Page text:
Morgagni, Giovanni Battista
Morgagni, Giovanni Battista. De Sedibus, et Causis Morborum per anatomen Indagatis libri quinque. Dissectiones, et Animadversiones, nunc primum editas, complectuntur propemodum innumeras, medicis, chirurgis, anatomicis profuturas, 1761
Subjects: Medicine - Early works to 1800
Notes: First edition
Summary: De Sedibus is one of the most important books in the history of medicine. Morgagni was a professor of anatomy at Padua for over 56 years and is regarded as "the true founder of pathological anatomy" (Morton). A monumental work that established the organ concept of disease and made pathological anatomy a major medical discipline. In exhaustive detail, Morgagni reports on nearly 700 cases and autopsies. Several conditions are described for the first time including classic descriptions of mitral stenosis, heart block (Adams-Stokes Syndrome), angina pectoris, syphilitic aneurysm, and tuberculosis of the kidney. "Morgagni's contribution to the understanding of disease may well rank with the contributions of Vesalius in anatomy and Harvey in physiology" (Eimas)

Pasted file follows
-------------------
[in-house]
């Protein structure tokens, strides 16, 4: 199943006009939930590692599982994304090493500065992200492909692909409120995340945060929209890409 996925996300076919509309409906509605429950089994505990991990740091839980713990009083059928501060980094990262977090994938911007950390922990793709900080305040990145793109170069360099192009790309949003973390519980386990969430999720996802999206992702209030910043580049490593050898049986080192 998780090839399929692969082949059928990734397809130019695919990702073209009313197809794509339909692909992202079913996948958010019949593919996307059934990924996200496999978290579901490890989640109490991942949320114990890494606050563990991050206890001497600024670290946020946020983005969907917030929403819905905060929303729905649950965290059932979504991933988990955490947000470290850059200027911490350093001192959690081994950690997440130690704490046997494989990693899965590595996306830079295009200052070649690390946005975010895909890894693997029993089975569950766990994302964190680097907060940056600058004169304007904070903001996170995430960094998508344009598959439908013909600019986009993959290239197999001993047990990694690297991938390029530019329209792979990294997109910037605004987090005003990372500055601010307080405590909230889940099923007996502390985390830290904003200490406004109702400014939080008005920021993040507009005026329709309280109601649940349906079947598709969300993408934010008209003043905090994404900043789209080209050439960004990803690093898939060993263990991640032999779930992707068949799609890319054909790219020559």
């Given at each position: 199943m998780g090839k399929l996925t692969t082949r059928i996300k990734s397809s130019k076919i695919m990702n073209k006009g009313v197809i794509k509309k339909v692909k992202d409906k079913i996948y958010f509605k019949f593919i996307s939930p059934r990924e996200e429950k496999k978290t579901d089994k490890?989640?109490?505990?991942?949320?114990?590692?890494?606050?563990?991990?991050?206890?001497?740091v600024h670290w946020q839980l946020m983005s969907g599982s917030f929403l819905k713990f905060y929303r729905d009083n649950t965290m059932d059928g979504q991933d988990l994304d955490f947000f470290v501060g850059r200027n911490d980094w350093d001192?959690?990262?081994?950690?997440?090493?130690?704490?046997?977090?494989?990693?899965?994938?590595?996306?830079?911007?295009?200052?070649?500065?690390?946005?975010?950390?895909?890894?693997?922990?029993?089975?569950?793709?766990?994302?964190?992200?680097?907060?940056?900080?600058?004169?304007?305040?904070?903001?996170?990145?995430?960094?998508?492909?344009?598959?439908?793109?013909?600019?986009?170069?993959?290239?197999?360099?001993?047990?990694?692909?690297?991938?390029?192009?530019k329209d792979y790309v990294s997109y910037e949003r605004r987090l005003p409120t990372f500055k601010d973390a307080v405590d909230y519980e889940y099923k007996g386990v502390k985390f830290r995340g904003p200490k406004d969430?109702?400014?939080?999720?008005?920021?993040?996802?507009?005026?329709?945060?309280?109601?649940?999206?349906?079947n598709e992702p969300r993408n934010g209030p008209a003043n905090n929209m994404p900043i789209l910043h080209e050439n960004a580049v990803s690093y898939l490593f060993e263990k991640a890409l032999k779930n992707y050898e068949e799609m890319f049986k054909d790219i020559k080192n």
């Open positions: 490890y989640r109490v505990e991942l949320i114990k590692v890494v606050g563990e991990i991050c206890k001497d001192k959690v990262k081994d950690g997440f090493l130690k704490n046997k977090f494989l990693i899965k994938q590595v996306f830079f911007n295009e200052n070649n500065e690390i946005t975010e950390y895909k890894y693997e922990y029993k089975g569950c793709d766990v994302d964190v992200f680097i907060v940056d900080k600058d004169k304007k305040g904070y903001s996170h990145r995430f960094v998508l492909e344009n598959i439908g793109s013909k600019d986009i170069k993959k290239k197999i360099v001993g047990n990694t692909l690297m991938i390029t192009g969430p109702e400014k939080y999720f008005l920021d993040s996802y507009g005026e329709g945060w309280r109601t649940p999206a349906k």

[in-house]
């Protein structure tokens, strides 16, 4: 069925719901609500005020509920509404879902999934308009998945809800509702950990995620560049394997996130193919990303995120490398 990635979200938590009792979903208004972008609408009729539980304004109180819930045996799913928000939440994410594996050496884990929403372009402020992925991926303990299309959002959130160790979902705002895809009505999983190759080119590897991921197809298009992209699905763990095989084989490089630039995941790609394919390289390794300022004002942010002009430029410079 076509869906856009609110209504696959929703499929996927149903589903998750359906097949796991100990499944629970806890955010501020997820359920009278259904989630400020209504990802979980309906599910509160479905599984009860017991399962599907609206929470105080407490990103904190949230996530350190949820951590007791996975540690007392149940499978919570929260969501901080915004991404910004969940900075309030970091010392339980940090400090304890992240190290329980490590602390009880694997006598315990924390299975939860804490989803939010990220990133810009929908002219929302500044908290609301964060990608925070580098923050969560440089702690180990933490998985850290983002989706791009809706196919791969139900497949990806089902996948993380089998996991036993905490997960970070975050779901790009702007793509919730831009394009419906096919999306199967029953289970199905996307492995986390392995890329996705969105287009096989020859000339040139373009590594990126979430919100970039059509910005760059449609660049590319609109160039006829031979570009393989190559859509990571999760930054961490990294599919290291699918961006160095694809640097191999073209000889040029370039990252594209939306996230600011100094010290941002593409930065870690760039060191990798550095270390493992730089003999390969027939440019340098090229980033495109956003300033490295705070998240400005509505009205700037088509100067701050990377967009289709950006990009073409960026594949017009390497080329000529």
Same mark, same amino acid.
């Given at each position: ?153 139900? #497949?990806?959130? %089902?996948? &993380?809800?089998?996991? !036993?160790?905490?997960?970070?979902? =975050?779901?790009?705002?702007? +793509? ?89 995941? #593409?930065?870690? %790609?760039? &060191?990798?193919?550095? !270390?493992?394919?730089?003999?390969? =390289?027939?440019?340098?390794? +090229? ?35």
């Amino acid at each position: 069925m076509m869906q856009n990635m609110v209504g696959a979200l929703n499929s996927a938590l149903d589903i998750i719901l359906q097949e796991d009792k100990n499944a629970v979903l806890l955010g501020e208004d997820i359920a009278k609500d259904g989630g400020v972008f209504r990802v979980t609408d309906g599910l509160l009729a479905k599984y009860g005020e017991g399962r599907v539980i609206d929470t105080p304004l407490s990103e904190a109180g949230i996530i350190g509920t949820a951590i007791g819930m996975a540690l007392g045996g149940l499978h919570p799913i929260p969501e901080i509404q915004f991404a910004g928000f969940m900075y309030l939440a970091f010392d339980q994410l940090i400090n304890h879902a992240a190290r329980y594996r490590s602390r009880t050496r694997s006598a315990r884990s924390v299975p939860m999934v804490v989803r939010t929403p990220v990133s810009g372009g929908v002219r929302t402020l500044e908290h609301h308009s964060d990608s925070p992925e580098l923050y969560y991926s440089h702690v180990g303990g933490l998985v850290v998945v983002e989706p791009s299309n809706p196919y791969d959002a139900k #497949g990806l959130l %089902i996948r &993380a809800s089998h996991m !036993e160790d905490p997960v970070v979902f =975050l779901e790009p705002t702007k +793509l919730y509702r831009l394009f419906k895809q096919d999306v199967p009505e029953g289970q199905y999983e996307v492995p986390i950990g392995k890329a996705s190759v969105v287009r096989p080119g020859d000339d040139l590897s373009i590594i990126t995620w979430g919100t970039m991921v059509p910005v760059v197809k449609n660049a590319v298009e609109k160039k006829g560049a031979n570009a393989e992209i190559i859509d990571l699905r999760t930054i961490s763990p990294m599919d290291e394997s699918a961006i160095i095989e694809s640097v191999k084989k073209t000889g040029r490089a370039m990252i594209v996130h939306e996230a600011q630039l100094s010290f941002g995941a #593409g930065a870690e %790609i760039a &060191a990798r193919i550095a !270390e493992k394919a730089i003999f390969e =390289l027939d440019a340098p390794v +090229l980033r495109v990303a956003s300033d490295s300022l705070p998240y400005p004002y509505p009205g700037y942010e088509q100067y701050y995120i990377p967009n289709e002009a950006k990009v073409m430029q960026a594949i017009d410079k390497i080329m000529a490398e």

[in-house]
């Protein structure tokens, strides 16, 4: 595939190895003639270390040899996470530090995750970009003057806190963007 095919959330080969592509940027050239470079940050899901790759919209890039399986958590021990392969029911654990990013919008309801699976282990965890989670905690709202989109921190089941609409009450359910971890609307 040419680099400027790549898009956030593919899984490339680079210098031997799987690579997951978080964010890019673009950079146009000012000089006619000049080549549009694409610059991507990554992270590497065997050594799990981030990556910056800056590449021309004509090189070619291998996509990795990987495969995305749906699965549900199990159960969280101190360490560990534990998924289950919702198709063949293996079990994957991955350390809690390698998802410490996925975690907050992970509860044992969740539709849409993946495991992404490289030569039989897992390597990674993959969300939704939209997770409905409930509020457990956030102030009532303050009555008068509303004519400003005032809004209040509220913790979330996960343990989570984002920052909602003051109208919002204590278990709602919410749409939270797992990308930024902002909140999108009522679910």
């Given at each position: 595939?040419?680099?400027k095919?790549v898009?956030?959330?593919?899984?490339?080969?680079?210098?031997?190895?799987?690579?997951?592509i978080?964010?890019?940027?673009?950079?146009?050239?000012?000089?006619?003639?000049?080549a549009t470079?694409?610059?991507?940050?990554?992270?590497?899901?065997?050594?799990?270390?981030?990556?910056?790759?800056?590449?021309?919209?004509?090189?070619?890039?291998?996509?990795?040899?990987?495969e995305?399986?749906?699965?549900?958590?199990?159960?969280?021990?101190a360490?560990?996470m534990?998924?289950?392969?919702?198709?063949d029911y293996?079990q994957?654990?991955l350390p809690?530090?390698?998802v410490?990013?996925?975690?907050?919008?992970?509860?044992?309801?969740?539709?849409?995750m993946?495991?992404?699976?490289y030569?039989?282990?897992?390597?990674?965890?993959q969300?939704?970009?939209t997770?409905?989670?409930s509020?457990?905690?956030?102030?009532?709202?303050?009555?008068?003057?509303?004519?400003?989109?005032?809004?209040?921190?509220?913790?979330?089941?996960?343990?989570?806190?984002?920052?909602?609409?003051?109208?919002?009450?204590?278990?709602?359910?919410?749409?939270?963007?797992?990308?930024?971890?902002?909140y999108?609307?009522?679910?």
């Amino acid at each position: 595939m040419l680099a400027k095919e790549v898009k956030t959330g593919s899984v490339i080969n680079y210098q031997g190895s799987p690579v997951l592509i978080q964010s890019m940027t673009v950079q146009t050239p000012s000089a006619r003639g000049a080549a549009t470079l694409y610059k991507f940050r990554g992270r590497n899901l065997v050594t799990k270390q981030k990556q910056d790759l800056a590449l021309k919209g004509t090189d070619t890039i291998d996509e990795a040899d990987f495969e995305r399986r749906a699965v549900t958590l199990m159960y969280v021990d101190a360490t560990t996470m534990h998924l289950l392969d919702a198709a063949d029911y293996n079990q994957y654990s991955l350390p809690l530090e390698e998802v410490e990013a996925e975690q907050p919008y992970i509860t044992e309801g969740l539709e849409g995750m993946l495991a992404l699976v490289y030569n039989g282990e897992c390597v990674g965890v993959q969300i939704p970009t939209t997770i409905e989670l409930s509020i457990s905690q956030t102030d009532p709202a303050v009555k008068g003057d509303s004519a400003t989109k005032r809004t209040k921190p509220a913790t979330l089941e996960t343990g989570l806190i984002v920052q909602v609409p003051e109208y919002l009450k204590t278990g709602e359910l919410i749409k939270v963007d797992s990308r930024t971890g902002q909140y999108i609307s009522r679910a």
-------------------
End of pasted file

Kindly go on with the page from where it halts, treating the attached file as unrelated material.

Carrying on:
Ex typographia Remondiniana
medicine, anatomy, Rare Book Collection
The Rockefeller University, "Morgagni, Giovanni Battista" (1761). Rare Books. 120.